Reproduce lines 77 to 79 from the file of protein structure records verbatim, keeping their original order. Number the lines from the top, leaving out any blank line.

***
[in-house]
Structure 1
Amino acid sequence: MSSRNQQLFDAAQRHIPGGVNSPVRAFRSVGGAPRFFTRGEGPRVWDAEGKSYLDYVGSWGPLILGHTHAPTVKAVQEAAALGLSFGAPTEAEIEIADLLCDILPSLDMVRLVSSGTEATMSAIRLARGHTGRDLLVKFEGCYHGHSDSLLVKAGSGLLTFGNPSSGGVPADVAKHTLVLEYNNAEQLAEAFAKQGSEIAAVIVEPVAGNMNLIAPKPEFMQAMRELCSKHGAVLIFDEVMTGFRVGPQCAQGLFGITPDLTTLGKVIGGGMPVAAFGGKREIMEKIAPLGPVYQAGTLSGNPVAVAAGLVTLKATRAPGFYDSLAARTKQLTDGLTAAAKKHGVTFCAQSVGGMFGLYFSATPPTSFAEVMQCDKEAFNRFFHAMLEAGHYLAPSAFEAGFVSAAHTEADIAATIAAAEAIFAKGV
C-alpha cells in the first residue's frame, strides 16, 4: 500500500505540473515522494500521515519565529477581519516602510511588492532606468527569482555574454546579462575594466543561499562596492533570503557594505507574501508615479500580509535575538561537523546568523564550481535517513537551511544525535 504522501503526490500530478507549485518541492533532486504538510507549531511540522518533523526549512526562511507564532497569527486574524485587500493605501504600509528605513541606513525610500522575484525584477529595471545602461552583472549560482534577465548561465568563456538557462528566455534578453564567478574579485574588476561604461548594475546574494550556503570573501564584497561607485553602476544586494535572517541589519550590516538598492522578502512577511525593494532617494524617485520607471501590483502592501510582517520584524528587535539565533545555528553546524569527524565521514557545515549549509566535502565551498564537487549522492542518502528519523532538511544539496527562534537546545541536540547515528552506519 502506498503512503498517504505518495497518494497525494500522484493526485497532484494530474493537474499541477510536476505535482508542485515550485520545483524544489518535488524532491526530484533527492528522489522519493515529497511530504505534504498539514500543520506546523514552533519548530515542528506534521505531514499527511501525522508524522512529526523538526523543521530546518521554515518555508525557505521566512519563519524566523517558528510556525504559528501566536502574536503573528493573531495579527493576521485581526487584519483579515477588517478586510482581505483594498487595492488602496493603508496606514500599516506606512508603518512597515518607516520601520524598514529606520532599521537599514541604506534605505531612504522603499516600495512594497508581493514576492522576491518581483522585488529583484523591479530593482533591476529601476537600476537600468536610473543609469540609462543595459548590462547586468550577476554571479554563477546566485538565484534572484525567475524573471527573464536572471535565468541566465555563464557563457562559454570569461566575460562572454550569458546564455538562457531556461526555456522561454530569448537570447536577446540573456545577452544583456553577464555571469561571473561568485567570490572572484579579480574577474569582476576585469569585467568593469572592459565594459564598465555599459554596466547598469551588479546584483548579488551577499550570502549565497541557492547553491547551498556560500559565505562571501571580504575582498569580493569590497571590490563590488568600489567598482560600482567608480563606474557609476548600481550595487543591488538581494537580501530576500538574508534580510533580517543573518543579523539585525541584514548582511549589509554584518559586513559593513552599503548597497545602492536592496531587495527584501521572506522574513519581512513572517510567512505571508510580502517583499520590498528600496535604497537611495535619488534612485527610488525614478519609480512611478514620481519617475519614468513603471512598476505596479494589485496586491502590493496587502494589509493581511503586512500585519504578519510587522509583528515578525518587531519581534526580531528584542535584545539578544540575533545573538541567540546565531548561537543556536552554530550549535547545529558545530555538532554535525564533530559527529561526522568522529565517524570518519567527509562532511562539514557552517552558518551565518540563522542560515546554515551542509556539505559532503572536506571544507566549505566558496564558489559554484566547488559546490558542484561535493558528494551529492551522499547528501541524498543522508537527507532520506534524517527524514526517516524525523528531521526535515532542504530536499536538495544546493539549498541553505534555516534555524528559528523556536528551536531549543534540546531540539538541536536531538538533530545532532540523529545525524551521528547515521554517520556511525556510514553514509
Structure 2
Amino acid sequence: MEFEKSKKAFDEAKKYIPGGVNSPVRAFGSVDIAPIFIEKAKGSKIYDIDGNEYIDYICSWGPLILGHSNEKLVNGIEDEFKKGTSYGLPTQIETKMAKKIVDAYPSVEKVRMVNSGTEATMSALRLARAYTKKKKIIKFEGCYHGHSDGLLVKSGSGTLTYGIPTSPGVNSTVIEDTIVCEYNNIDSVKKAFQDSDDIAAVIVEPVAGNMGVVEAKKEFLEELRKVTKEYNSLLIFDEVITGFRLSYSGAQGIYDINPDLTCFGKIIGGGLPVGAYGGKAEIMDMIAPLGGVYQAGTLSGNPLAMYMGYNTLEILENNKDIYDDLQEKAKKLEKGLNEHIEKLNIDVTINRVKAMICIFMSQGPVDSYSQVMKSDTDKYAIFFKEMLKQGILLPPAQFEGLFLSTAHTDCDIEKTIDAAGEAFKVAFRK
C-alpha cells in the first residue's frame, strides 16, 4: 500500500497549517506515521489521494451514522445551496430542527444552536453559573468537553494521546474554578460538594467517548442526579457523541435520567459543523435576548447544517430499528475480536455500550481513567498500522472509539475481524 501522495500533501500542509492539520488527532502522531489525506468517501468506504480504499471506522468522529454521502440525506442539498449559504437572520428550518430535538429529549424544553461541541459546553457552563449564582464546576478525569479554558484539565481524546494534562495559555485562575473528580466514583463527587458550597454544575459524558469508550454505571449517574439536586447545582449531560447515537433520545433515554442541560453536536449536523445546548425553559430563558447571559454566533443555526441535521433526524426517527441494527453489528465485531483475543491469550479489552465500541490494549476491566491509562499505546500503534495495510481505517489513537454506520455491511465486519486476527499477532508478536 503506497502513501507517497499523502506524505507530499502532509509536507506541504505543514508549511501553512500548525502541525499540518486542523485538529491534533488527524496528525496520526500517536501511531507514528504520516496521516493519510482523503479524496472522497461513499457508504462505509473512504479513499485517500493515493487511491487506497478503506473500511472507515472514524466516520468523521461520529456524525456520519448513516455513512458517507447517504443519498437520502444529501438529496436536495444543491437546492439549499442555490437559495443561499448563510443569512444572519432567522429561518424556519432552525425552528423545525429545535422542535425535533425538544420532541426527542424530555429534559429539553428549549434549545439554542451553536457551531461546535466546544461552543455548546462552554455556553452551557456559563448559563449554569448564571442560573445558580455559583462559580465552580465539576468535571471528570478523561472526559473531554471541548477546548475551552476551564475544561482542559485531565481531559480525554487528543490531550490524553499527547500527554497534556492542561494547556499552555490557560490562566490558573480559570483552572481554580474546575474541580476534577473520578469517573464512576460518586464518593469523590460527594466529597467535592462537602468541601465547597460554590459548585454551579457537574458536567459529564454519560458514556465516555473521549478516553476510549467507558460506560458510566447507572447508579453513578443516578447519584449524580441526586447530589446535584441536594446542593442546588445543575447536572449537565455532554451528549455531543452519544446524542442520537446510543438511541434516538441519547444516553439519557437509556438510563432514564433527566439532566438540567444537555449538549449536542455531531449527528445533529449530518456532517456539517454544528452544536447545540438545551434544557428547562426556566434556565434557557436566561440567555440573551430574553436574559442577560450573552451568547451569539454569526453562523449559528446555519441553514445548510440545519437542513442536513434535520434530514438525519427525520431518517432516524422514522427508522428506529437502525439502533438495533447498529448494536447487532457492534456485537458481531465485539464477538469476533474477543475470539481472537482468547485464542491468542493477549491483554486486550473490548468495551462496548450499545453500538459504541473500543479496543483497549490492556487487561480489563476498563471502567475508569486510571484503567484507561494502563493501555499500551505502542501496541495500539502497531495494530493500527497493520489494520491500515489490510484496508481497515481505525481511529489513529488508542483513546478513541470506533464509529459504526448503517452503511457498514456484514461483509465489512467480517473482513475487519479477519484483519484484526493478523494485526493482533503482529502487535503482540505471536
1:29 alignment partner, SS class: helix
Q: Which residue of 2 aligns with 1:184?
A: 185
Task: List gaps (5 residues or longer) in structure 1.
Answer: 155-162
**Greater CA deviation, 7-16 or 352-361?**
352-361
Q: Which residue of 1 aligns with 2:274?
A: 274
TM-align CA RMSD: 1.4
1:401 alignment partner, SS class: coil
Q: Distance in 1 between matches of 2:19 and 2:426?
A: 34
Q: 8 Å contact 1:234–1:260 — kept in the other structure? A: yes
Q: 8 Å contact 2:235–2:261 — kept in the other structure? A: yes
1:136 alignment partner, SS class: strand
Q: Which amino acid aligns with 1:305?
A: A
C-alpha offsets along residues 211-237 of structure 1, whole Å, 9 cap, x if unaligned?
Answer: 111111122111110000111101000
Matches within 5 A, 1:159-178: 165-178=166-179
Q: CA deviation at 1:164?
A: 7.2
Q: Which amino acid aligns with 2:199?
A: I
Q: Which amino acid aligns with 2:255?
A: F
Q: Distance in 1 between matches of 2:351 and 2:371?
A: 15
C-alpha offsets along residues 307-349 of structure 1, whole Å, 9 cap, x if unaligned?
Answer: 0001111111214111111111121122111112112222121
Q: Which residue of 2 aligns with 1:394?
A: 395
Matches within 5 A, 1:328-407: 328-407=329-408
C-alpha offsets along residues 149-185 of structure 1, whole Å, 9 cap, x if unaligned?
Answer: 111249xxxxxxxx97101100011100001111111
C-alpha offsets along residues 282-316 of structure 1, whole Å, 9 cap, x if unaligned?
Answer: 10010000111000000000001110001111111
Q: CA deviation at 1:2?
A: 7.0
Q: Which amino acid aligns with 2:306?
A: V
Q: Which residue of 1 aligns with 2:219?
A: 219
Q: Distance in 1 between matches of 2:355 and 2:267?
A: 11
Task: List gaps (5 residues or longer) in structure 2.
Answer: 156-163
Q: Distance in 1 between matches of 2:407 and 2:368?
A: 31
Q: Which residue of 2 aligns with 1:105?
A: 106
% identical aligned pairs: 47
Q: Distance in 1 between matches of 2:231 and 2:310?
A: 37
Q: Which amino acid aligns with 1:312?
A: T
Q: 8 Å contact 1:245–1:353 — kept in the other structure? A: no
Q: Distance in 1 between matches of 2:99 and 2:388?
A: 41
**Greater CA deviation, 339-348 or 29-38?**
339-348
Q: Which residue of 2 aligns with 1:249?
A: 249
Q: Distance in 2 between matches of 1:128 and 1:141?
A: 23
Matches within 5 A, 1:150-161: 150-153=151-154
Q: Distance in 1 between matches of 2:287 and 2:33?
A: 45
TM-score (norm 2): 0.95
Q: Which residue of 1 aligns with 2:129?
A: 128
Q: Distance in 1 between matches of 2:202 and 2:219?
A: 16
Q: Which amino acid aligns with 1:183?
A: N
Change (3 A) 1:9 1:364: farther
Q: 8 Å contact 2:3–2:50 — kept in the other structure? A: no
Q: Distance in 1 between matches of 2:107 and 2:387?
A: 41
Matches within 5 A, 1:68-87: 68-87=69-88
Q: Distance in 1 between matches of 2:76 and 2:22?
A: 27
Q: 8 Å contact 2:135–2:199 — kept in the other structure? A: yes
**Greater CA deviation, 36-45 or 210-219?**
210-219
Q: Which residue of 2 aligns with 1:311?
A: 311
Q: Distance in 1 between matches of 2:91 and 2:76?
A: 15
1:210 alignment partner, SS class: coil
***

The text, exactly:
TM-score (norm 2): 0.95
Q: Which residue of 1 aligns with 2:129?
A: 128